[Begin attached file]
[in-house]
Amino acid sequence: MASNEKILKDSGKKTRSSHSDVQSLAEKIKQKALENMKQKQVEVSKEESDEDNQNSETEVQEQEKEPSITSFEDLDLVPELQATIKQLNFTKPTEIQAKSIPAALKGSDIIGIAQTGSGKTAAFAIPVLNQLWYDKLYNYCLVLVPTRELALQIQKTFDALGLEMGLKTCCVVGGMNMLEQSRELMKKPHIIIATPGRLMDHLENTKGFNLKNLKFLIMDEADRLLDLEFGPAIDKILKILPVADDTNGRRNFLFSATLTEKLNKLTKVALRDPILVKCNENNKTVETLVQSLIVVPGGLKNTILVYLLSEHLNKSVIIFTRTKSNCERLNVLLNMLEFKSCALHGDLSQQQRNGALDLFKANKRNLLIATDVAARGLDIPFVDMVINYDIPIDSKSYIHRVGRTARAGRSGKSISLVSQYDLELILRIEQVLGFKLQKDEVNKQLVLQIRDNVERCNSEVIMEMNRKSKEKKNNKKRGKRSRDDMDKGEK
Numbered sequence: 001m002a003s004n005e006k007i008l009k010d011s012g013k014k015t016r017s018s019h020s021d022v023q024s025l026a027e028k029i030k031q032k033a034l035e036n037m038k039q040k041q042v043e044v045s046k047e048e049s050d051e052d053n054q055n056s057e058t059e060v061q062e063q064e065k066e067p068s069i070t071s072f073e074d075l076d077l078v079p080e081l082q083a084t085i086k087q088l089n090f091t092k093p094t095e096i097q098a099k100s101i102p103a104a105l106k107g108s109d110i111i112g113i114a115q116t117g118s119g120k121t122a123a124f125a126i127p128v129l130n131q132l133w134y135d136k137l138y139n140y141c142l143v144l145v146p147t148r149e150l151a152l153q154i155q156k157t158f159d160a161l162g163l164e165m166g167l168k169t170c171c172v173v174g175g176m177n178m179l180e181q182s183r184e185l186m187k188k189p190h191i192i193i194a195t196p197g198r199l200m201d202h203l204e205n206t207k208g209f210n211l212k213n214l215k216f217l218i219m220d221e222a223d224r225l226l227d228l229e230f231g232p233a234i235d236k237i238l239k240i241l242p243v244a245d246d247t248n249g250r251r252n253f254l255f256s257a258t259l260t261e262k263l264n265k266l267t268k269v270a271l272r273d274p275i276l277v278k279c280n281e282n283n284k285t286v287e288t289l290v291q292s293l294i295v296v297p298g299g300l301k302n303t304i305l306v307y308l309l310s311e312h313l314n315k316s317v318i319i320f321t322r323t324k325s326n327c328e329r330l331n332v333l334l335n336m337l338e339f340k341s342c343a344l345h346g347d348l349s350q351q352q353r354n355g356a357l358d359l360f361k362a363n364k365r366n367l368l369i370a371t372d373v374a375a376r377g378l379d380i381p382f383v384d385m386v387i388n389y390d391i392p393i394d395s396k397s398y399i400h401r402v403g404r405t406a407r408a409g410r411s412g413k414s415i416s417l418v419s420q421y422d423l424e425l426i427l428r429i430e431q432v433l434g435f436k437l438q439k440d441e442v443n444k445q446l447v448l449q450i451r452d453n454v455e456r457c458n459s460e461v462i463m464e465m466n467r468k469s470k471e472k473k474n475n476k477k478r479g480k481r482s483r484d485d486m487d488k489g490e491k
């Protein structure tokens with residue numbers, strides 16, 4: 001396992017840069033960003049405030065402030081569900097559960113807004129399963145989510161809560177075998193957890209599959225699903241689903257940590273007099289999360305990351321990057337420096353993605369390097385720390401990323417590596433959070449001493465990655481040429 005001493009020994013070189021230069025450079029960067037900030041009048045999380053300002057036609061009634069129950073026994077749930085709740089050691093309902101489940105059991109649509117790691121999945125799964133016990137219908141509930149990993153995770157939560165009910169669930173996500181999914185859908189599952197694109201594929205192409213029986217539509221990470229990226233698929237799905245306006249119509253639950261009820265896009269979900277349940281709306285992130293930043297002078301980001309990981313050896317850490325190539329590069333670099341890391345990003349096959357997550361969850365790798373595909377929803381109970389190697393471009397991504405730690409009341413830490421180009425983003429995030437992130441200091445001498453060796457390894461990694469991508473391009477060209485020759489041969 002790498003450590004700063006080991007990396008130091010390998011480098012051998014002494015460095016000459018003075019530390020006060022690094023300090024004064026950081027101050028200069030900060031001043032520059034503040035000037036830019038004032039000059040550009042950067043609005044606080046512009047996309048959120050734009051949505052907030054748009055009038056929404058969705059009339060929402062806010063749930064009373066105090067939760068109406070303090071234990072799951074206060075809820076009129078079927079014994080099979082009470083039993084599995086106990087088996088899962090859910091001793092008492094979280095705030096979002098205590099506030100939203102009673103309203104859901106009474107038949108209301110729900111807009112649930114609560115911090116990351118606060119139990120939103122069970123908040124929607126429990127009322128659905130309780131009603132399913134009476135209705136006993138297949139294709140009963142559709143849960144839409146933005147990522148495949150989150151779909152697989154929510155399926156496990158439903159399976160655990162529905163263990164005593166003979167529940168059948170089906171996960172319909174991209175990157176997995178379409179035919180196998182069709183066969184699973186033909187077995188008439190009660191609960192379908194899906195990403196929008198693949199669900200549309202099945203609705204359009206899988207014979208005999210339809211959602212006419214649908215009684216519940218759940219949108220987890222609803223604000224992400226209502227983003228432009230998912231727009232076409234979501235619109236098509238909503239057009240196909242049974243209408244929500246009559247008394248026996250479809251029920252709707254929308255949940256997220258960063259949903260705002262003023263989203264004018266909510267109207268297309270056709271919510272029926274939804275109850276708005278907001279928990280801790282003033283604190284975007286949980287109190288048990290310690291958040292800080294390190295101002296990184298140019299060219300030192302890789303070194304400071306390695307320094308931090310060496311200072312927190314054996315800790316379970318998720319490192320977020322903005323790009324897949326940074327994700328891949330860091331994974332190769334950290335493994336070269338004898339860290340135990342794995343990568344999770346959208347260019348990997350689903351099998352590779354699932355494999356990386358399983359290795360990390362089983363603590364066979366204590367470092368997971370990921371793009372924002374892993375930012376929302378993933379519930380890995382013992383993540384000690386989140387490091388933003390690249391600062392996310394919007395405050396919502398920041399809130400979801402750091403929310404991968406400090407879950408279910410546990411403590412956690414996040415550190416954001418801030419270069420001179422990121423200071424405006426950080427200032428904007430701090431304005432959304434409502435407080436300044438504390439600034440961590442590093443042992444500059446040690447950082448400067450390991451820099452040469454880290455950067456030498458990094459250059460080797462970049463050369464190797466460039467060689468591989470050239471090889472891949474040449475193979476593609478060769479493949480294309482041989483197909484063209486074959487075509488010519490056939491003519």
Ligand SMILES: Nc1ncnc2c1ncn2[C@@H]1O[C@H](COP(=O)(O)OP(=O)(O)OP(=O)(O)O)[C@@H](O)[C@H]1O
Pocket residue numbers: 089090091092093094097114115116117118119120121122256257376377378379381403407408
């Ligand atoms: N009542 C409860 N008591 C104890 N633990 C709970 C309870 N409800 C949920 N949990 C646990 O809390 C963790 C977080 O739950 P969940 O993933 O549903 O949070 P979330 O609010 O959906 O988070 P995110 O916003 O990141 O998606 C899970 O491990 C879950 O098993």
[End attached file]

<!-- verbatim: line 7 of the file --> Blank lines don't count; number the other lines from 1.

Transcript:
């Ligand atoms: N009542 C409860 N008591 C104890 N633990 C709970 C309870 N409800 C949920 N949990 C646990 O809390 C963790 C977080 O739950 P969940 O993933 O549903 O949070 P979330 O609010 O959906 O988070 P995110 O916003 O990141 O998606 C899970 O491990 C879950 O098993």